Scilla siberica (Siberian Squill)

Plant Info
Also known as:
Family:Liliaceae (Lily)
Life cycle:perennial
  • Invasive - ERADICATE!
Habitat:part shade, sun; moist soil; open woods, roadsides, gardens
Bloom season:March - May
Plant height:3 to 6 inches
MN county distribution (click map to enlarge):Minnesota county distribution map
National distribution (click map to enlarge):National distribution map

Pick an image for a larger view. See the glossary for icon descriptions.

Detailed Information

Flower: Flower shape: 6-petals Cluster type: raceme

[photo of flower] Flowers are single, or in a raceme of 2 or 3 flowers at the top of a slender naked stem. Each flower is about 1 inch across when fully open, has 6 flaring blue petals with a darker blue stripe down the center and 6 white stamens with dark blue tips. The flowers are somewhat bell-shaped when not fully open. Other cultivars of this species may have white, pink or blue-violet flowers.

Leaves and stem: Leaf attachment: basal Leaf type: simple

[photo of leaves] Leaves are basal and grass-like, to 5 inches long and ¼ to ½ inch wide. Leaves and stems are hairless. A plant may have several flowering stems.


This is a classic case of gardening gone awry. Siberian Squill was brought to this country as an ornamental and is still sold in Minnesota and elsewhere, but it has also escaped into the wild and become invasive. It readily spreads itself and is difficult to get rid of, as broken roots often resprout. It is very hardy and cold tolerant, and is left untouched by critters from voles to deer. Sadly, the same traits that make it attractive as a garden plant (besides the vivid color) are also what make it invasive. Large colonies of squill can be seen in the eastern counties of the state, from Duluth to Rochester. There is even an infestation at the University of Minnesota St Paul campus, just a block away from the Bell Herbarium. It is currently unknown how far west its range has expanded (the county distribution map at USDA Plants is quite outdated). Found in the wild, this species has been mistaken for harebell and blue-eyed grass, both native species.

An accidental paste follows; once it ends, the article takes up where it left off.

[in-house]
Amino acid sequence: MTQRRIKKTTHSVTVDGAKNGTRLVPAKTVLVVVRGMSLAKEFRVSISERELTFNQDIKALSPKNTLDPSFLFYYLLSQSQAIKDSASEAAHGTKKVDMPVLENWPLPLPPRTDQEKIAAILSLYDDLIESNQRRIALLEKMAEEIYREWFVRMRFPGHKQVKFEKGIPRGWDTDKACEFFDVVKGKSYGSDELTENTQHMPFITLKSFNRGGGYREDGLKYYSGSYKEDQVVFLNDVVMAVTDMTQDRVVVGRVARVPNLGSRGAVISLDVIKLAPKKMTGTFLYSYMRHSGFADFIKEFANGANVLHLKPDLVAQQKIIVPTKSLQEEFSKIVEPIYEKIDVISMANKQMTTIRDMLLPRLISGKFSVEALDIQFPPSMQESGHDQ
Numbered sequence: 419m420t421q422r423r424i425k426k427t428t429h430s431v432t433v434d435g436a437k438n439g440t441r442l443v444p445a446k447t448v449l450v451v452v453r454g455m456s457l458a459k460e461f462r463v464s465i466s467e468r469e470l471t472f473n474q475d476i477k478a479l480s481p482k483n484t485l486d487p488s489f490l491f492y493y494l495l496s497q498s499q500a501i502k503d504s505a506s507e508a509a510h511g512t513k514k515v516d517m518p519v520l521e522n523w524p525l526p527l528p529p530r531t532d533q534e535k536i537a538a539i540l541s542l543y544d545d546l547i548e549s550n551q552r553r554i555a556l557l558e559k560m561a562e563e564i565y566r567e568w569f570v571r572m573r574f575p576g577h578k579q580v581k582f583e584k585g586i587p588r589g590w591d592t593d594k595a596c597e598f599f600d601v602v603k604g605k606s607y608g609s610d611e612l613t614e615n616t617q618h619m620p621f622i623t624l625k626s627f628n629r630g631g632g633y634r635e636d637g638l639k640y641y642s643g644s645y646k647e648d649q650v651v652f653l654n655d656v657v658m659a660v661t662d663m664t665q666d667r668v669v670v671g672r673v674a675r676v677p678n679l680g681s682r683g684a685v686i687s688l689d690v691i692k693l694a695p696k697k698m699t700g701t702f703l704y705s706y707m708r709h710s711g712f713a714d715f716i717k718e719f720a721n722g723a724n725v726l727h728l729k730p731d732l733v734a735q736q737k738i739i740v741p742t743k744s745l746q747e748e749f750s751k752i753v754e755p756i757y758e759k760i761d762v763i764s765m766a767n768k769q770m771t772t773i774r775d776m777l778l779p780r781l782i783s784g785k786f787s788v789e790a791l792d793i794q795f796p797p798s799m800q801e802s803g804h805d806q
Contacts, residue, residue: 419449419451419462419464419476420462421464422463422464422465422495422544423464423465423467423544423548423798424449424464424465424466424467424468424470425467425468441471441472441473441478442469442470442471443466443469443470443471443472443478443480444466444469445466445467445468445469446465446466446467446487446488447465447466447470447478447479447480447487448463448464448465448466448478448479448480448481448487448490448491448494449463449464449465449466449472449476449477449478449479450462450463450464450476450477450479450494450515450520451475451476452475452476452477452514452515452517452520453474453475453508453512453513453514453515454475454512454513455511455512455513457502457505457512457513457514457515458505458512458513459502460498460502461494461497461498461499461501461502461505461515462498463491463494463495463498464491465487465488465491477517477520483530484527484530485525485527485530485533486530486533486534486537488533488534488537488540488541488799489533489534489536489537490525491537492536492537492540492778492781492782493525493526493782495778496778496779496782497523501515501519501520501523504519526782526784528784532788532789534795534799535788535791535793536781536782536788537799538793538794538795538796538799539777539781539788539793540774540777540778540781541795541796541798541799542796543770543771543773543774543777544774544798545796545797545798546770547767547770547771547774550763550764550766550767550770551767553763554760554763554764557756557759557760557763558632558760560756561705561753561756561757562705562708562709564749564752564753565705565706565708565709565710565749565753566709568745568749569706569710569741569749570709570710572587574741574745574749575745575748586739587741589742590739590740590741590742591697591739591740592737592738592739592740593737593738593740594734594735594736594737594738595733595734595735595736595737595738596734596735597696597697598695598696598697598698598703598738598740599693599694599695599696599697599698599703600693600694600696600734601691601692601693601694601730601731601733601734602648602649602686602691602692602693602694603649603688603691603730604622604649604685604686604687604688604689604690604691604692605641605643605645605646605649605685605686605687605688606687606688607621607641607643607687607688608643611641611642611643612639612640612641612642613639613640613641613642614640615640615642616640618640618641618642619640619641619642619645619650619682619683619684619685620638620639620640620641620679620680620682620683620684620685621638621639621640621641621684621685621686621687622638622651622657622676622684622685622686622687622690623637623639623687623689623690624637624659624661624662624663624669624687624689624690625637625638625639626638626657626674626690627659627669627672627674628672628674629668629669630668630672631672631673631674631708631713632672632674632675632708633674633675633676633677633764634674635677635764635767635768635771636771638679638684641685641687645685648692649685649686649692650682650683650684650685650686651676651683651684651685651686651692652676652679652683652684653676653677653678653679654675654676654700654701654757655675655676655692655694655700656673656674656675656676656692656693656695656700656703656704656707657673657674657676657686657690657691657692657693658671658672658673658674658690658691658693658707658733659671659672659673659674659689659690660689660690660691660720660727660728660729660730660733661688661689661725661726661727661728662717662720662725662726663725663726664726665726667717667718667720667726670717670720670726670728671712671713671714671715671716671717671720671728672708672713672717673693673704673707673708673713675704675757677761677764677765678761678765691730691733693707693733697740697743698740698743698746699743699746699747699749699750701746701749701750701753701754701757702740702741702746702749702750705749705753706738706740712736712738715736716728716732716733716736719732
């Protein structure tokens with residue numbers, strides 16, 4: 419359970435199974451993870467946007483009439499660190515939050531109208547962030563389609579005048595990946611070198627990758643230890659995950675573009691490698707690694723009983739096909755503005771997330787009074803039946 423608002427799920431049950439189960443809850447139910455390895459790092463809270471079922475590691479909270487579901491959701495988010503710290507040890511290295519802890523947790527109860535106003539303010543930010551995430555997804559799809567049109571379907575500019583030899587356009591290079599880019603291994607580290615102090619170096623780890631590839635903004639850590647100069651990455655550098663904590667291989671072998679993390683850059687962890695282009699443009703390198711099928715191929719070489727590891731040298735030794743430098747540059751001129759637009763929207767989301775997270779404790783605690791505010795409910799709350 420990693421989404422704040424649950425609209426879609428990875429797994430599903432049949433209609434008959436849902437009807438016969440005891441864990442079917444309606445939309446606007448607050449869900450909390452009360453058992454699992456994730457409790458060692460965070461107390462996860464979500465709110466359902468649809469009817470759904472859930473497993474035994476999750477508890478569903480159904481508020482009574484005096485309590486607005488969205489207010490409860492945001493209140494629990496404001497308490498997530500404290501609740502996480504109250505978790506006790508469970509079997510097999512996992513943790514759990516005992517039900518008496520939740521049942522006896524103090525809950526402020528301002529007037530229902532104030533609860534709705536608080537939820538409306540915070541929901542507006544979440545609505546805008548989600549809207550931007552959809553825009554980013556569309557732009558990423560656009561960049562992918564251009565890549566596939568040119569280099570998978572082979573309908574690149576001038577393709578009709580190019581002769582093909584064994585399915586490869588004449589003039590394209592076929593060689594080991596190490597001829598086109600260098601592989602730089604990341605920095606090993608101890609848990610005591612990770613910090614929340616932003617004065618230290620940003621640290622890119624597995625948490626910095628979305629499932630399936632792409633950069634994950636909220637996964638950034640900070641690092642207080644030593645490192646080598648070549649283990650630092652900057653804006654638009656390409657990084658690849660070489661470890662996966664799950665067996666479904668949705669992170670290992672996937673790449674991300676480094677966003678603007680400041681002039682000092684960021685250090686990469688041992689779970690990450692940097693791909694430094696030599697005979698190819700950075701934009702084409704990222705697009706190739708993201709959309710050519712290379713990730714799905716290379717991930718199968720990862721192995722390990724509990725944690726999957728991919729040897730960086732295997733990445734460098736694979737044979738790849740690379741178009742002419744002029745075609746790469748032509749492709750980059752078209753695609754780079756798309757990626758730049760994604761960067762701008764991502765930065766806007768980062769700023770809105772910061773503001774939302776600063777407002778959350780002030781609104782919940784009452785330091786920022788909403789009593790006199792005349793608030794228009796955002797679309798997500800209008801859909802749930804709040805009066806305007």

Please, all you gardeners out there: stop planting this. Spring blooming native species with blue flowers you might plant instead are Hepatica (Hepatica nobilis), bluebells (Mertensia virginica or M. paniculata), blue phlox (Phlox divaricata) or any number of native violets. Harebell (Campanula rotundifolia) could provide bell-shaped blue flowers for the rest of the season.

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More photos